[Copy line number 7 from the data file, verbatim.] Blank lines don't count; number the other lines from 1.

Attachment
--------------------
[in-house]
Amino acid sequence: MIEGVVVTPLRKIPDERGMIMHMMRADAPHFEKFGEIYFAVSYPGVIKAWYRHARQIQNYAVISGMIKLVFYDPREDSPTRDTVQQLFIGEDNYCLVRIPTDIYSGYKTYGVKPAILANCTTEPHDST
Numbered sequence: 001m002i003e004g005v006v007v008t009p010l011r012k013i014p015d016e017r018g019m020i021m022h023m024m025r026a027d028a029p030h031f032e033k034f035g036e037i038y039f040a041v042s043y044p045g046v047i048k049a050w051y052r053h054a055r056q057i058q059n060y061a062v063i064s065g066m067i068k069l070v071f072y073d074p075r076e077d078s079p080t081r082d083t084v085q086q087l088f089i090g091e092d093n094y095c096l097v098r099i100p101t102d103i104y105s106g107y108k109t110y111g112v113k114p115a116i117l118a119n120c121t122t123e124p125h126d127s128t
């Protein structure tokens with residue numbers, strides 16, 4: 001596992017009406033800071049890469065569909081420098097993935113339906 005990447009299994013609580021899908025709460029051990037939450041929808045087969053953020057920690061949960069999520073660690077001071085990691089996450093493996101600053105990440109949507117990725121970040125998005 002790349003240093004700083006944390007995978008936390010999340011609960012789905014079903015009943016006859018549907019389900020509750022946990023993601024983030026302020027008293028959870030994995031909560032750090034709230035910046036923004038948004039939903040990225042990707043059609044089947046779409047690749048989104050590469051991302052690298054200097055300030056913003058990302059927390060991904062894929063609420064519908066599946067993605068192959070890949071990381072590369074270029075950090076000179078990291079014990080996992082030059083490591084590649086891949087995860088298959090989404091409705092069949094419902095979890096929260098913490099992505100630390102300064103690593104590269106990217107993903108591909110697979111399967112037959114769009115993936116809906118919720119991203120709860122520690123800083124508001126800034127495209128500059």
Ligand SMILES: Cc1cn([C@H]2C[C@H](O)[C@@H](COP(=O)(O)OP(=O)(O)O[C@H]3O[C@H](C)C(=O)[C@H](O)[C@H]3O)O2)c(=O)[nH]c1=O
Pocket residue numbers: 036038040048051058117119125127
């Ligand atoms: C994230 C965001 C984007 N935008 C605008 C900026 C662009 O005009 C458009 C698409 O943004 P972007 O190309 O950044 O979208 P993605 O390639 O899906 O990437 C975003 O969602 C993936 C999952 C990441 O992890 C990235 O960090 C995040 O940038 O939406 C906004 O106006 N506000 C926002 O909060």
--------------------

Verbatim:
């Ligand atoms: C994230 C965001 C984007 N935008 C605008 C900026 C662009 O005009 C458009 C698409 O943004 P972007 O190309 O950044 O979208 P993605 O390639 O899906 O990437 C975003 O969602 C993936 C999952 C990441 O992890 C990235 O960090 C995040 O940038 O939406 C906004 O106006 N506000 C926002 O909060």